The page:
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Aug. 23, 2019
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New executive director takes the reins at Lake Lanier Association

By Pamela A. Keene
 
The Lake Lanier Association has a new executive director. Gainesville resident Jennifer Flowers’ first day on the job was Monday, July 15. She replaces Joanna Cloud, who now works in the private sector with Marine Specialties Inc.
 
Flowers worked for more than eight years in the Water Resources Department for the City of Gainesville. Specifically, she worked with water conservation and water quality issues, as well as storm-water run-off and environmental protection.
 
“Jennifer’s application was among the first, if not the first, that we received for the position,” said John Barker, president of the association. “She was the first to apply and the last one standing. The board and I feel like Jennifer is the exact best fit for the association going forward. The decision to hire her was unanimous.”
 
Flowers has worked in the water resources arena for the past 10 years. A graduate of the University of Georgia with a bachelor of science degree in ecology, she worked in New Jersey with AmeriCorps on river cleanups, monitoring and public education programs. She also earned her master’s degree in environmental law and policy from the Vermont Law School before returning to Georgia to work for the City of Gainesville.
 
She was recently selected to participate in the 2019 Institute for Georgia Environmental Leadership, a five-week program with sessions held around the state. Each session focuses on different environmental issues that affect the state. 
 
“I am so excited to join the Lake Lanier Association as executive director,” Flowers said. “Already I feel like I know many of the Lake Lanier stakeholders and leadership in the area, plus my experience has put me in the position of being familiar with and understanding water policy and regulations.”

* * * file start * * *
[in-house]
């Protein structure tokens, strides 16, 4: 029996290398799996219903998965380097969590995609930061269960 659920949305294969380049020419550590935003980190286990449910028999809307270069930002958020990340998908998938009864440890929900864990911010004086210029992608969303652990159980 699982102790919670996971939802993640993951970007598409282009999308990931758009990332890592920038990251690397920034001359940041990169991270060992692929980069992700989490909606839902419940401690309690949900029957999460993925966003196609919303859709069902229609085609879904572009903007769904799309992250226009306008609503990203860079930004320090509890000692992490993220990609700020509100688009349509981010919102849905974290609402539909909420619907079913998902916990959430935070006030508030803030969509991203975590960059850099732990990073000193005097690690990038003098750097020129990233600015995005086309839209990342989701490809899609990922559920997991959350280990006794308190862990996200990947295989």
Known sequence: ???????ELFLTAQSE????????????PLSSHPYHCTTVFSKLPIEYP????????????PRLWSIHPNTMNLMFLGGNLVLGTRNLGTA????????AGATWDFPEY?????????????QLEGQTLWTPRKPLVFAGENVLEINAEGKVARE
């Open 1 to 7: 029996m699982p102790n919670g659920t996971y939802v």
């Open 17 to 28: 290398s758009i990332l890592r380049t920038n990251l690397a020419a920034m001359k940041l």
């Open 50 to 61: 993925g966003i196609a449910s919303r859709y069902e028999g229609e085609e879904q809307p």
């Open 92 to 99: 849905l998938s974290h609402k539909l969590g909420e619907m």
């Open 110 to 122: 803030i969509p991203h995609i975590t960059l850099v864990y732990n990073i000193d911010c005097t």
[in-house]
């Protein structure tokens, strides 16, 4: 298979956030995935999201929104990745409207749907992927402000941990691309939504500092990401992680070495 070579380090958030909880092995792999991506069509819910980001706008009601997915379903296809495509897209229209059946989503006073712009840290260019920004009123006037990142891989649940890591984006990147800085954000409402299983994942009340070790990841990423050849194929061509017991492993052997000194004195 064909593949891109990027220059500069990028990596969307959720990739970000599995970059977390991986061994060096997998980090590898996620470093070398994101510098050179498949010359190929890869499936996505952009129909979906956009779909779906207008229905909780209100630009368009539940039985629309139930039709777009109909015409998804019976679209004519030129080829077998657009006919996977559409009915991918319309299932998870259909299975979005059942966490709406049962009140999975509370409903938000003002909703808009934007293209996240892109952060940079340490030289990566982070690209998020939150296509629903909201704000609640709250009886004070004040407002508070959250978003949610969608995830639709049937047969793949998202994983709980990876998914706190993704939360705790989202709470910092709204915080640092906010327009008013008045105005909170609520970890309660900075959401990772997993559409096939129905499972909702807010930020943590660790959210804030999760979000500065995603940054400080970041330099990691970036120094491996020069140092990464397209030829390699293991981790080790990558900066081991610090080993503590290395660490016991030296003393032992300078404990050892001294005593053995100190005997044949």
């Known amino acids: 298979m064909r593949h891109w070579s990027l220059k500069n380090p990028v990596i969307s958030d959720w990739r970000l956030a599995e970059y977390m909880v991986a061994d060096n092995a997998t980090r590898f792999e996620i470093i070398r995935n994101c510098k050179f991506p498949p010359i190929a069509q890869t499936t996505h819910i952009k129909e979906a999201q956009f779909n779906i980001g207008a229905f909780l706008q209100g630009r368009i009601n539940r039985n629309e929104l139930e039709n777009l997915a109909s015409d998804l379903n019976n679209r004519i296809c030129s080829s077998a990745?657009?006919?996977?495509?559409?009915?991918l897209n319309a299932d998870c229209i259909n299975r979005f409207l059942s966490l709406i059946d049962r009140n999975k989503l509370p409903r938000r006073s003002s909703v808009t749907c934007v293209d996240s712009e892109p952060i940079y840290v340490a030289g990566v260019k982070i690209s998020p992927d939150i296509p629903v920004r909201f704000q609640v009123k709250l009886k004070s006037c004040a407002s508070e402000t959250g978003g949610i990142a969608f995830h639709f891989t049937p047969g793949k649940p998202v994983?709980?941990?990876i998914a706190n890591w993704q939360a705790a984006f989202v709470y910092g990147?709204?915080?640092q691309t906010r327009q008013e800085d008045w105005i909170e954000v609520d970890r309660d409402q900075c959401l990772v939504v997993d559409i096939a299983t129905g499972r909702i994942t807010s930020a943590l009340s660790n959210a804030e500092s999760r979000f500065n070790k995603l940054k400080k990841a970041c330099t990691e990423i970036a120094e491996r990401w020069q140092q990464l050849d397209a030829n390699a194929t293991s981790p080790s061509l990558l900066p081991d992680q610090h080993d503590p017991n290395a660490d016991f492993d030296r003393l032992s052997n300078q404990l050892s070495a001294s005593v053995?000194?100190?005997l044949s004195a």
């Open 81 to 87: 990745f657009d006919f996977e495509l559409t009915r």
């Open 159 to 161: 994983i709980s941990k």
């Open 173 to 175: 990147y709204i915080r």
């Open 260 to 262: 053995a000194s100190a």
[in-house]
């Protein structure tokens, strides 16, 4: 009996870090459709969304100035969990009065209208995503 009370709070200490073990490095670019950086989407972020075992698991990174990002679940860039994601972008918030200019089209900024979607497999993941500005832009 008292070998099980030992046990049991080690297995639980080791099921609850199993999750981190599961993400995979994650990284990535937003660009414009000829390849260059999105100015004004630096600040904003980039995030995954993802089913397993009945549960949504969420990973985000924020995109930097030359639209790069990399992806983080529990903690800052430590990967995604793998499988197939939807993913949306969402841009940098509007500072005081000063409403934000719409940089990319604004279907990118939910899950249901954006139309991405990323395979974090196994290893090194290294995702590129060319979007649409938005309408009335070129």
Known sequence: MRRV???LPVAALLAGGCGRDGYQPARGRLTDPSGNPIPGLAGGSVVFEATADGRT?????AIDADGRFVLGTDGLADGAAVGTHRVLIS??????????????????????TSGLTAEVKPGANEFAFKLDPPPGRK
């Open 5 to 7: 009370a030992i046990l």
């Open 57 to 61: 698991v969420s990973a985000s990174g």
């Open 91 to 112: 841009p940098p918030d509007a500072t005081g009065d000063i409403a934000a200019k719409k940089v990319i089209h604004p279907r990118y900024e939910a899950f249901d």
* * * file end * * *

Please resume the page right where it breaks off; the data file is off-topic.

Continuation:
During her tenure with the City of Gainesville, Flowers managed community programs and outreach, working with residents and businesses regarding water conservation, pollution and environmental concerns. She also organized public meetings, including setting up a panel to bring together interested parties around the Tri-State Water Negotiations and speaking to schools and civic groups. 
 
“I enjoyed all aspects of my work, but particularly my community outreach and education stands out,” she said. “Meeting so many people in the community and learning about issues and how they can be addressed has been very rewarding.”
 
She interfaced with the Metropolitan North Georgia Water Planning District. As a member of the Hall County Green Alliance, she chaired the group’s Land/Water and Public Education Workgroups She also served as a board member for Keep Hall Beautiful, a member of the Georgia Association of Water Professionals and on the Training Advisory Committee.
 
One of her first priorities will be meeting with environmental, community and governmental leadership to jump-start her work with the association. “Lake Lanier is vital to this area, to Northeast Georgia and the state on so many levels,” Flowers said. “Georgia wouldn’t be what it is – from an economic standpoint, a conservation perspective and agriculturally – without Lake Lanier. And our partnerships with leadership and the community are vital or achieving the association’s mission and purpose.” 
 
Flowers is also gearing up for this year’s Shore Sweep, slated for Saturday, Sept. 14. Bonny Putney, LLA board member who serves as chairman of the annual lake clean-up, has worked with Flowers for nearly a decade.  “Plans for the 31st annual Shore Sweep are already well under way,” said Putney.

“Because Jennifer is already familiar with Shore Sweep and our programs, I know she’ll hit the ground running to help us create another successful event for 2019. She and I have worked together before on clean-up projects and she is an excellent organizer who has a real passion for her work.”
 
Flowers is married to Tyler Flowers, who serves as the children’s minister at St. Paul United Methodist Church in Gainesville. They have two daughters, Brooklyn, 5, and Liza, 3.
 
Flowers said that she and the board welcome community comments and input about the association and Lake Lanier. “We really want to hear from people about their issues, concerns and compliments,” Flowers said. “And I encourage people to reach out to us. Lake Lanier is big and there are so many issues that we may not be aware of. We look to the public to help us be more effective and to be our eyes on the lake.”
 
For more info about the association visit lakelanier.org.

Posted online 7/16/19
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